John W. Gardner was remembered, his words and his legacy were celebrated, and over 300 friends and admirers of all ages were reminded why Gardner remains their “standard of excellence” at a celebration on Oct. 6 marking the 100th anniversary of his birth.
Speaking at the time of Gardner’s death in 2002, Stanford University President John Hennessy said: “John Gardner stands as an exemplar of the power of one individual to have a positive impact on society. His life should remind all of us that education and public service can work together as a powerful force to improve the world in which we live. At Stanford, we are exceedingly fortunate and proud to have called him our colleague — his name and good works will continue to inspire students, staff and faculty for years to come."
Gardner’s long and influential career spanned the fields of government, philanthropy, education, and advocacy. He served as president of the Carnegie Corporation; in President Lyndon B. Johnson’s cabinet as Secretary of Health, Education and Welfare; and as chair of the National Urban Coalition. He founded Common Cause and Independent Sector. His views and activism shaped many groundbreaking endeavors including the White House Fellows Program, the public television network, Medicare and Experience Corps. He was a Stanford alumnus, professor and trustee. In September 2000, Gardner lent his name and support to the John W. Gardner Center for Youth and Their Communities, a center at the Stanford School of Education that incorporates his beliefs and values.
Hosted at Stanford by the John W. Gardner Center for Youth and Their Communities, the School of Education, the Graduate School of Business, and the Haas Center for Public Service, the centennial celebration featured five leaders of organizations deeply influenced by Gardner in conversation with Robert Joss, Philip H. Knight professor and dean, emeritus, of the GSB. Panelists included Diana Aviv, president and CEO, Independent Sector; Robert Edgar, president and CEO, Common Cause; Marc Freedman, founder and CEO, Encore.org; JGC founding director Milbrey McLaughlin; and Senator Tim Wirth, president of the United Nations Foundation. Donna Michelle Anderson, ’86, delivered welcome remarks on behalf of the John Gardner Fellows Association.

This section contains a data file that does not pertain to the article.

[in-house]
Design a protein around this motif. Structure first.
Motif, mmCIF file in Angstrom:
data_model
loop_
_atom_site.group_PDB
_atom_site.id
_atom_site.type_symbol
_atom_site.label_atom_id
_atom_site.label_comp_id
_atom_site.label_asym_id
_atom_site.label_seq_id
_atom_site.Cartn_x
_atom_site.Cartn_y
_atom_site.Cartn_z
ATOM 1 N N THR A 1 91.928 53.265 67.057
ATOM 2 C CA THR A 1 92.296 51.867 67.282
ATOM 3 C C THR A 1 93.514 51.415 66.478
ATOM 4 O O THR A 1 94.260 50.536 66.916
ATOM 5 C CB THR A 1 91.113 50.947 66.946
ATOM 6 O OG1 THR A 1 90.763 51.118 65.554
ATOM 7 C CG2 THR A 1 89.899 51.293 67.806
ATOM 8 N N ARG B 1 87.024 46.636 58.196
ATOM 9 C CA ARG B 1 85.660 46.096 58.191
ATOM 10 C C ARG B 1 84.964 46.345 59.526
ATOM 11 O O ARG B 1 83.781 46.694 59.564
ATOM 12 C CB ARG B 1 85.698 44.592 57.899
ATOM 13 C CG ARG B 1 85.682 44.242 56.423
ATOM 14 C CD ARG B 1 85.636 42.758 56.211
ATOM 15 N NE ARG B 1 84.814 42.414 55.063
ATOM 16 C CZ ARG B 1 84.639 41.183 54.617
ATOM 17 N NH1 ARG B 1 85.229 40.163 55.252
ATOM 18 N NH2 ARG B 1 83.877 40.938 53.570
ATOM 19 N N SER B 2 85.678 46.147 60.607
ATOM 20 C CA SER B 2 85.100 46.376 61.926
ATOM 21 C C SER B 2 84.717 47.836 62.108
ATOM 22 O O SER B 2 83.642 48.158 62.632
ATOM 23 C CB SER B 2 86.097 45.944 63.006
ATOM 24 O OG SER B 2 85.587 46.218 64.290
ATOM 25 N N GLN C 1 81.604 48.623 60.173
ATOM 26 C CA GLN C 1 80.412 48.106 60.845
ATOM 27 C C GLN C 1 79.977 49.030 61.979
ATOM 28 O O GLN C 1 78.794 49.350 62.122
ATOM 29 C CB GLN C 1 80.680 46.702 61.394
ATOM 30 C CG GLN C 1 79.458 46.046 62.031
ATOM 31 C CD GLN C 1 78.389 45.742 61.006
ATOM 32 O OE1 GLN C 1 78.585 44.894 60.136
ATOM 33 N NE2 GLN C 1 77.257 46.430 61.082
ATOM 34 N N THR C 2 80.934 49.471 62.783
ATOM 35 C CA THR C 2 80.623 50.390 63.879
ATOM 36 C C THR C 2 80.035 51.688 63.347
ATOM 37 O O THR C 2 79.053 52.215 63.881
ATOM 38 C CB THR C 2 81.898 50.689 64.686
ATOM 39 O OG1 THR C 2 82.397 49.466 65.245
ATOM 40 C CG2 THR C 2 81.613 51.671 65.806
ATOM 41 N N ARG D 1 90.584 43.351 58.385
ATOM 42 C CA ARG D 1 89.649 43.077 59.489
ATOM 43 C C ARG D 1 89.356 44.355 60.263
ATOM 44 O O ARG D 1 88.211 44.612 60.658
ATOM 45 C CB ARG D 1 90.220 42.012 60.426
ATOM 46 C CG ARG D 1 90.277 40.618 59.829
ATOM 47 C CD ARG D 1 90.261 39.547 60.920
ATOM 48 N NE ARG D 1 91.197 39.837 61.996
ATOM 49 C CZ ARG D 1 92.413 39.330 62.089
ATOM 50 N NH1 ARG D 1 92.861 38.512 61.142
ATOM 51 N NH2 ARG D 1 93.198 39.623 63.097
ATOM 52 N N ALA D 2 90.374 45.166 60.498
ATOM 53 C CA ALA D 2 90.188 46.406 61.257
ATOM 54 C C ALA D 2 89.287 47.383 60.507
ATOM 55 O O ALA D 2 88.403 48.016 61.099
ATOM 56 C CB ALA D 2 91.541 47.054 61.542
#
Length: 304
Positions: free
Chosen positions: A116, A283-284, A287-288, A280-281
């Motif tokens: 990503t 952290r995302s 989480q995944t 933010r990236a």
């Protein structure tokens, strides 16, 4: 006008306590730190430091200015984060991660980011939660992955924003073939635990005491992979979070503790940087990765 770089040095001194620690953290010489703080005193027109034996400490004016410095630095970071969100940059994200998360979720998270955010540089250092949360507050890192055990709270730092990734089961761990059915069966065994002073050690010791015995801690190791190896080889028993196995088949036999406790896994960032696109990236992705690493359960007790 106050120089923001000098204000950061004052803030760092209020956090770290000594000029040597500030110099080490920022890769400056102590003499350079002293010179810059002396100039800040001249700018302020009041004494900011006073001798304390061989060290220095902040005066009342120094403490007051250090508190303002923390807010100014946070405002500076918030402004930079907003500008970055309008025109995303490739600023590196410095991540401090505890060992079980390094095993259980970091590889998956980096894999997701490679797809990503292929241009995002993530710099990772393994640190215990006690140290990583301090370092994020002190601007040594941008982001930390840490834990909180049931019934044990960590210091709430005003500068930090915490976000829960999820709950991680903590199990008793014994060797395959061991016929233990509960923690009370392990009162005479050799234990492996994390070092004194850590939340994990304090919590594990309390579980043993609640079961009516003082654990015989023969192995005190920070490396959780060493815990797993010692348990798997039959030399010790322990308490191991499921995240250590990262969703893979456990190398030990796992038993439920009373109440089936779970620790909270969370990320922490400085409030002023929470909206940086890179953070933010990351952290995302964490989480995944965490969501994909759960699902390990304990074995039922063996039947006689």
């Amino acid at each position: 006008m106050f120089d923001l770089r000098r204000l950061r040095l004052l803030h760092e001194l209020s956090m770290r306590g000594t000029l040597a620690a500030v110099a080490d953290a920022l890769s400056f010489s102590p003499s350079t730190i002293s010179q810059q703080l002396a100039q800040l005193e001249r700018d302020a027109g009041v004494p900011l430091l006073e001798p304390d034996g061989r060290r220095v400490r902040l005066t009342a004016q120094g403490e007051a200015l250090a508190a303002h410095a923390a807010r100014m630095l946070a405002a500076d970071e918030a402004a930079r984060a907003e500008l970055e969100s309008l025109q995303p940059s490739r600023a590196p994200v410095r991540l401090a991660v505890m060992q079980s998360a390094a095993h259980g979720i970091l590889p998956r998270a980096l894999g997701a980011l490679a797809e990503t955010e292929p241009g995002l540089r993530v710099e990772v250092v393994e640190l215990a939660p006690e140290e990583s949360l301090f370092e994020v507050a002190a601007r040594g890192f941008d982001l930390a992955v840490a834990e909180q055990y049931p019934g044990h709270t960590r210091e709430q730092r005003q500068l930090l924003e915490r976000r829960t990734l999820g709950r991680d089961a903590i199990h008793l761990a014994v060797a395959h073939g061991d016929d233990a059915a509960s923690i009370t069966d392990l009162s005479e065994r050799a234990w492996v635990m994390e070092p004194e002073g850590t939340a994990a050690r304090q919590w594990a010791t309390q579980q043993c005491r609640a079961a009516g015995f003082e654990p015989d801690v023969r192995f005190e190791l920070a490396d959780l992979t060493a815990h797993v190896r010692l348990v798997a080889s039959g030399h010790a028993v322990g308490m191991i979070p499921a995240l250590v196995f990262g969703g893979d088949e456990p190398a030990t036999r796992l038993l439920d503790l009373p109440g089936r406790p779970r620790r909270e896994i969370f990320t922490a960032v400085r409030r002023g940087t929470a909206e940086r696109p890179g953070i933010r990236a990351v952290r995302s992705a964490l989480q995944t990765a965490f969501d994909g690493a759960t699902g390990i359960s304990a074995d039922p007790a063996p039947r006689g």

Milbrey McLaughlin recalled that Gardner advised her to think about the broad investment when it comes to youth. McLaughlin said, “He was very committed to youth and to young people and saw them as really the resource for community-building, but he said you’ve got to go beyond those institutional boundaries. It’s not about schools, and it’s not about health, and it’s not about silos that have youth moving through them — the role of the Gardner Center is to look across those institutional boundaries.”
A prolific writer, Gardner is remembered for his many essays, speeches and books including Excellence, On Leadership, and Self Renewal. A decade after his passing, Gardner’s words continue to influence and inspire. Joss was often reminded by Gardner that “leaders find words,” and marveled at Gardner’s incredible gift for finding the words that would really move us. Wirth talked about the power of Gardner’s use of “renewal” as a word that can knit people together and not polarize them. In preparing for her first address in 2003 as CEO of Independent Sector, Aviv, who never met Gardner, read everything he had written and was struck by “the degree to which everything he said continued to be relevant and inspiring and enabled me to think about how I was going to do the work going forward,” she told the attendees.
Anderson brought a distinctly 21st century perspective. “I still, to this day, carry with me dog-eared copies of his books, of his essays,” she said. “They inform me in my career now, and I think what exceptional reach he could have had today, in the era of Wikipedia and Google.” Anderson imagined Gardner tweeting about leadership.
Freedman, who with Gardner spearheaded the creation of Experience Corps, remembers peppering Gardner with questions about his past accomplishments, but Gardner “constantly tried to change the subject because he was really more interested in the future than he was in the past,” he said. “It dawned on me over time that he was more interested in a future that he wouldn’t even see. He had left this great legacy, but he was more interested in living a legacy than just leaving one.”
In an essay that appeared in the centennial event program, Jacqueline Novogratz, founder and CEO of Acumen Fund, wrote: “He had an enormous impact on my life… encouraging me to focus on being interested rather than interesting, and to commit to something bigger than myself. I know that I’m among hundreds, if not thousands, of people who feel that way and together we form an army working toward similar ends. There can be no greater legacy than that.”
To view the panel of national leaders who discussed Gardner's legacy on Oct. 6, watch this video:
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